8 Tips for Conducting a Short but Effective Group Video Call

group video call
Written by Ben Davis

Meetings are notorious productivity killers. At least the bad ones are. Meetings that seem to have no end, one person after another saying something in ten sentences they could have said in two and the clock saying it’s only two minutes before end of shift. You’ve been there before. Which is another way of saying you’ll want to do your best to avoid being in the same position again. That also means you’ll want to make sure you don’t do the same for others when it’s your time to conduct a meeting, whether it happens live or through video. To help you meet those ends, here are handy tips to help you out:

Kill those slides

Using slides is boring plus it eats up time you could’ve spent engaging your audience. Some of your audience will just skip ahead while others will play solitaire, read emails or check their Facebook feed, all trying to find a way to combat the boredom of slides. So spare both sides the agony by leaving off those slides from your group meeting.

Make sure they rock

If you can’t kill those slides, then make sure you rock those slides, says Fast Company. Put only relevant data on them such as high level financial data or exceptional use of ads or a product demo. Relevant content will always matter. Also, an important tip: Don’t send your slides ahead of time. That way, you can control the flow of the conversation. And keep the data short and sweet. Putting a novel on those slides is a quick way to bore your audience. Lastly, make sure the font size works. That ties up to the length of the content. If you put in too many words, you could end up with words that are a bit too small. That isn’t going to be easy on the eyes, which could discourage your audience from reading them in the first place.

Go with video calls instead of audio calls

Audio group calls can be boring. All you do is listen. So try to use video instead. Group video conference for IT services like BlueJeans are some of the most popular—and for good reason—they work. It’s efficient and easy to use too. No need to worry that your team will find the technology impossible or difficult to adopt to. By using video, you’re assured of having everyone’s full focus and attention on the meeting, which is a definite worry when you do audio calls. With phone calls, anyone could just play games online, read text messages, or answer messages on Facebook instead of paying attention, without you or anyone else realizing!

Send out an agenda (and stick to it)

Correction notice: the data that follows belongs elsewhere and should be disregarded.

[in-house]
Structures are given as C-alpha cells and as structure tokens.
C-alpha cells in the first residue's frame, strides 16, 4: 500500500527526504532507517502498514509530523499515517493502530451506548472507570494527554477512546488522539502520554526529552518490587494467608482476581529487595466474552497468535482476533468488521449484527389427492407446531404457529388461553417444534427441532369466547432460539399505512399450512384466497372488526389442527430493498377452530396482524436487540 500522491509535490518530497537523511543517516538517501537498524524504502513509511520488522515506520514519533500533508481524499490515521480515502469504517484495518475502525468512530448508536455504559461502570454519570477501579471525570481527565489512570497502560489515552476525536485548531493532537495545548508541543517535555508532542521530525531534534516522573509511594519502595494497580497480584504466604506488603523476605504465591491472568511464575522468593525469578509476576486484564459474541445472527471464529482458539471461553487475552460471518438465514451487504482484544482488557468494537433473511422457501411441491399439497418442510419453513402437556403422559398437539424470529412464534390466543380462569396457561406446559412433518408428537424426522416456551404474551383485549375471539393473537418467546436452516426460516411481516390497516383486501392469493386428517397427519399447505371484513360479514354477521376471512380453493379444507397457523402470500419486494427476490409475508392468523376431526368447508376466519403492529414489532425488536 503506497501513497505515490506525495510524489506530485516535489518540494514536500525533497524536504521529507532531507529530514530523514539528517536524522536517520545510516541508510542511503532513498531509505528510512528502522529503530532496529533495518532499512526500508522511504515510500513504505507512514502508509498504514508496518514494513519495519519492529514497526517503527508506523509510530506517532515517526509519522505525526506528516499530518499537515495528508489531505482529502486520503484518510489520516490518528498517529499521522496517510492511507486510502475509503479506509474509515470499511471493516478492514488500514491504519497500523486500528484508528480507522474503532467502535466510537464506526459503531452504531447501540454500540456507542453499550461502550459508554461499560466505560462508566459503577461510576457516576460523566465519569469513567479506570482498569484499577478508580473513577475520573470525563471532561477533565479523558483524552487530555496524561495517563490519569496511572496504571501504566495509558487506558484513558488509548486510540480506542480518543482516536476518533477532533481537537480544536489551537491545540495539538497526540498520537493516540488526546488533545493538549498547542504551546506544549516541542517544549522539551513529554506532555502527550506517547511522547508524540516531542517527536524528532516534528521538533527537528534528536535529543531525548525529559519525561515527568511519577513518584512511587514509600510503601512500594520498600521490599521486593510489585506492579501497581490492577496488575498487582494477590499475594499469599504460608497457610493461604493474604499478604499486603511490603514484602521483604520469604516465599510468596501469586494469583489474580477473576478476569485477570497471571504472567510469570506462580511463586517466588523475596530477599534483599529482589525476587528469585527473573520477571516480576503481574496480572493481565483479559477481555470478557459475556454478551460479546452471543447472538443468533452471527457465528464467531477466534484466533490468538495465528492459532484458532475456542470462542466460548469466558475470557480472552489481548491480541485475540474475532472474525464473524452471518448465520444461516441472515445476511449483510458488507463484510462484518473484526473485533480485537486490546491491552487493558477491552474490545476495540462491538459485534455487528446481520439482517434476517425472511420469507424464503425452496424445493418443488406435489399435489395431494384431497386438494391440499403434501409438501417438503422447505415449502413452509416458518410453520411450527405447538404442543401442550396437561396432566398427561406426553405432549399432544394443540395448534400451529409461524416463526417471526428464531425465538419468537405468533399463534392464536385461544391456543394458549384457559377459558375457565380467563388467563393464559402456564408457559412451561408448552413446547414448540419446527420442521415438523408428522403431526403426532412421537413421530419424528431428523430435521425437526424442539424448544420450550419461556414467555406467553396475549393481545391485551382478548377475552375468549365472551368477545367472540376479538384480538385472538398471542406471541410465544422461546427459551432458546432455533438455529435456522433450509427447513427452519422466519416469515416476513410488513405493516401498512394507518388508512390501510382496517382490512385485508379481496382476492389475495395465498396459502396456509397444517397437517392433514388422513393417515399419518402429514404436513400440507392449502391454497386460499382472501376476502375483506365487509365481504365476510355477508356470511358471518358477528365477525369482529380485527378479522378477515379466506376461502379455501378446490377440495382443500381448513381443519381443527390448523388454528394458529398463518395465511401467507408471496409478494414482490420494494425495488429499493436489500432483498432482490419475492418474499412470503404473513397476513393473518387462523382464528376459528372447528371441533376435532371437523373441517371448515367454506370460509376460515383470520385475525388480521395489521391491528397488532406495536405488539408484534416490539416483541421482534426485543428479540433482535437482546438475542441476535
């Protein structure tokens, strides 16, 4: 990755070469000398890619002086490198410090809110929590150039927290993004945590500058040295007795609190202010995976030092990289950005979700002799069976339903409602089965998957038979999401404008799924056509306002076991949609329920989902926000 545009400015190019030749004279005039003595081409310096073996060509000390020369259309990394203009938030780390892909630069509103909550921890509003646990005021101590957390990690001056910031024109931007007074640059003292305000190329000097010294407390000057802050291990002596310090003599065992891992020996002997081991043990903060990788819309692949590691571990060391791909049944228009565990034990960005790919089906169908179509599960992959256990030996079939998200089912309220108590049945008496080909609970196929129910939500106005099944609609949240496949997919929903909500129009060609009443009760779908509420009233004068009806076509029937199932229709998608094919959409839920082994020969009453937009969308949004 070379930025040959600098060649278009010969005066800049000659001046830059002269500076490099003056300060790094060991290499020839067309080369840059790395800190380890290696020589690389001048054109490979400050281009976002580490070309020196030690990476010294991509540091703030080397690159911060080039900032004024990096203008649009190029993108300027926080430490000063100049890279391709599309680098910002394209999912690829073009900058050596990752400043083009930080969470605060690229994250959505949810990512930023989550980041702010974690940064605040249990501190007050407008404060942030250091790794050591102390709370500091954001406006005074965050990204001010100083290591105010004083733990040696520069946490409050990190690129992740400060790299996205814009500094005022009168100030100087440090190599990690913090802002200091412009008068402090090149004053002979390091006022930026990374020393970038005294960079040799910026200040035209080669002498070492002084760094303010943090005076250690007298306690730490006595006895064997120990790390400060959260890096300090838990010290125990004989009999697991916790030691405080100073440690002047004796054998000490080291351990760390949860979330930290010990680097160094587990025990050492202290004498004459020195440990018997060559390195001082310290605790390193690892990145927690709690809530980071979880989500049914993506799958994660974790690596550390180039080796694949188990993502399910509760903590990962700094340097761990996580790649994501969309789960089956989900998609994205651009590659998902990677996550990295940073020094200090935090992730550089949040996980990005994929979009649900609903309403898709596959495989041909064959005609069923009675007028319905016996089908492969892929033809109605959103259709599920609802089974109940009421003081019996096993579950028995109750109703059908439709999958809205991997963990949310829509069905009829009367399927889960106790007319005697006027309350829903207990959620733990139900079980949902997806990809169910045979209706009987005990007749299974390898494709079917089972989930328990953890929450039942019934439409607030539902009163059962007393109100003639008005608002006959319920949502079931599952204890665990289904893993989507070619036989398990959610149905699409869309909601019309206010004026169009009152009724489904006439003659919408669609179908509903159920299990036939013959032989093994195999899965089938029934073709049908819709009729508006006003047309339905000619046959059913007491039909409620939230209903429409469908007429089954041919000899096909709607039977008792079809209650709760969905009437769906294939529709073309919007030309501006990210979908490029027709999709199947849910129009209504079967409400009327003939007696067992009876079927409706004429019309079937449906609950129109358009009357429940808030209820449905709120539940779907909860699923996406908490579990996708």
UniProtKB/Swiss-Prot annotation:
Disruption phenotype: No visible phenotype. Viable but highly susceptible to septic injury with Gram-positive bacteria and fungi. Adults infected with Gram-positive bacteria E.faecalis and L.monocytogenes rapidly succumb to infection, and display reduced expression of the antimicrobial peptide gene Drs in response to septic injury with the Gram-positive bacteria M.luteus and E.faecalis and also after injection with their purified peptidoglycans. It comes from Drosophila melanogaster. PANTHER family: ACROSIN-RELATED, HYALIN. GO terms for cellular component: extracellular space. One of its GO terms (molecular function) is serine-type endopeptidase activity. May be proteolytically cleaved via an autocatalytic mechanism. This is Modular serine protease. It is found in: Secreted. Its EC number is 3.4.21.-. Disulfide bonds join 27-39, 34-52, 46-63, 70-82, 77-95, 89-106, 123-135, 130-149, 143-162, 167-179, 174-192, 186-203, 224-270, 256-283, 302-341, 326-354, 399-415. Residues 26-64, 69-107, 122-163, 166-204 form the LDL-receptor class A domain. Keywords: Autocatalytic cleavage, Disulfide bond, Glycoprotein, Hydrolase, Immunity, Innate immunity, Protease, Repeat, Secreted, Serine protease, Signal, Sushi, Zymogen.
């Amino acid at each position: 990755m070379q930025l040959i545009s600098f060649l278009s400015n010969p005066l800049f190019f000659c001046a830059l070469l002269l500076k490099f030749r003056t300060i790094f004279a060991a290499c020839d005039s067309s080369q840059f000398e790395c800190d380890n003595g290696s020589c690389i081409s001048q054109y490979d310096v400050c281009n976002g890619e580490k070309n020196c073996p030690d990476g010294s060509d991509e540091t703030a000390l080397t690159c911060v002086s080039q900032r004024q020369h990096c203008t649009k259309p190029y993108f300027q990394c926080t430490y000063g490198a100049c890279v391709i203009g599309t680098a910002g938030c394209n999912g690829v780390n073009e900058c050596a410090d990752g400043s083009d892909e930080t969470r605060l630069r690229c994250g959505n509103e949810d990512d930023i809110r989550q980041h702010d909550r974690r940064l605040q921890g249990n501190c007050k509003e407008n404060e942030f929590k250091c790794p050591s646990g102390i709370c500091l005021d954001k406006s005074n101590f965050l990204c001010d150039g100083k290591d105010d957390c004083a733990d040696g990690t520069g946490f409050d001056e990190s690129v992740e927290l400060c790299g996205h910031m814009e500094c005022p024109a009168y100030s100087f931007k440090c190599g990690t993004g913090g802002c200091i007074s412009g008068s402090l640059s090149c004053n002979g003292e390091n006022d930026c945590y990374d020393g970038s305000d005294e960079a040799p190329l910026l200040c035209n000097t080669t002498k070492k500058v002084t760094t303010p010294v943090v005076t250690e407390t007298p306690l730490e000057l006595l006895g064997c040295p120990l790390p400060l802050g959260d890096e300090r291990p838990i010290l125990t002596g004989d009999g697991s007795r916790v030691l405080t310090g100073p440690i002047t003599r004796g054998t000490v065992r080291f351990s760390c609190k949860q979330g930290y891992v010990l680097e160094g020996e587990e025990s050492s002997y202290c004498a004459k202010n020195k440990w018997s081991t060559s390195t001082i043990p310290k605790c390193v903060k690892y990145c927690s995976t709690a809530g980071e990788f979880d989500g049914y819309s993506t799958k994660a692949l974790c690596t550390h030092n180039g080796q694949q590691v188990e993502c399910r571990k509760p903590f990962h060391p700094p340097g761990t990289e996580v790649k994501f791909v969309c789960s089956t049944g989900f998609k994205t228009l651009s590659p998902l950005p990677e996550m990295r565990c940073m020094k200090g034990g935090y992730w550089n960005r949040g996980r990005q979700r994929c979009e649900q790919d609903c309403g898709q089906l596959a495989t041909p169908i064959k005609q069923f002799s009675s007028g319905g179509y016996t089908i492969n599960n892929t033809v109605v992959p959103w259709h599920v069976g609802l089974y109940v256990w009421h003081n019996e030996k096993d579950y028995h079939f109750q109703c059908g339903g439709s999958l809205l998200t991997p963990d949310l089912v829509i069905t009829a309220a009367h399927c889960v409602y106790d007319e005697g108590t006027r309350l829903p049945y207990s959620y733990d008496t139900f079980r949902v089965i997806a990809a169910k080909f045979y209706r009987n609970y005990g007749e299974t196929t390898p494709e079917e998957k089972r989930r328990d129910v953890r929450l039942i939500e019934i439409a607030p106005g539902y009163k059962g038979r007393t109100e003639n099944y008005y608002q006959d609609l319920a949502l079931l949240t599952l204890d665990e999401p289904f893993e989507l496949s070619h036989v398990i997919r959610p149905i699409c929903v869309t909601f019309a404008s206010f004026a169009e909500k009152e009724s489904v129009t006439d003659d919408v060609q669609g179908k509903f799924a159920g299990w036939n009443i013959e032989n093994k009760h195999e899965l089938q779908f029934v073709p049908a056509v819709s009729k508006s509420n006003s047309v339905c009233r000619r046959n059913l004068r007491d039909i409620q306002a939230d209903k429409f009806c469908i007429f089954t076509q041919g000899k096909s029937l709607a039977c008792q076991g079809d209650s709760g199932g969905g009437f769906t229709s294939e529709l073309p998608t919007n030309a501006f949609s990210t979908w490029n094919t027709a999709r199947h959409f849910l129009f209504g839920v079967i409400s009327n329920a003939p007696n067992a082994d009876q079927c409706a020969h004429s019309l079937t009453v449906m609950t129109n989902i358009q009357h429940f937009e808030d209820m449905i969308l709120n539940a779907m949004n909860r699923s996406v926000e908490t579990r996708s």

One of the basic rules of conducting a meeting includes sending out an agenda. That way, participants will know what to expect. If you don’t send one out, this could create anxiety in your team or stress them out. That’s the last thing you want to, especially given the level of job insecurity that has dogged corporate America in the last few years.

Let them know you’re recording everything

One of the best things about using video conferencing tools is that it allows you to record the meeting. If you need to clarify something or check with something in your notes, it’s going to be easy and convenient enough to go over the meeting and find the information you need. But before you do, don’t forget to let the participants know that they’re being recorded. Get their consent before you push that record button.

Keep movements minimal

Keep in mind that you’re on video. That means everyone in the group call can see you. So try to keep your body movements minimal, lest you distract others, says Inc.. Too much swaying or movement could distract your team and get the discussion off track. If you want to make sure every minute in your meeting counts, that not a single moment is wasted, then be on your best behavior. Be aware of how you move and make sure you restrict those movements to keep the meeting on a professional keel.

Maintain eye contact

Even on video, you need to maintain eye contact as much as possible. If you don’t and you’re meeting people for the first time, this could be taken as a sign of rudeness or curtness, or even of untrustworthiness. You wouldn’t want a potential client or customer to feel that way about you and the business you represent. So be sure to maintain eye contact as much as you can.


Not sure how to do it in front of the camera? Practice. Practice a lot to make sure you get it right in time for your meeting.

What to do now?  Stop wasting time, get to following these tips, and make your meetings shorter and more productive!




About the author

Ben Davis

If hard hitting, factual news is what you are looking for, only Ben Davis has it.

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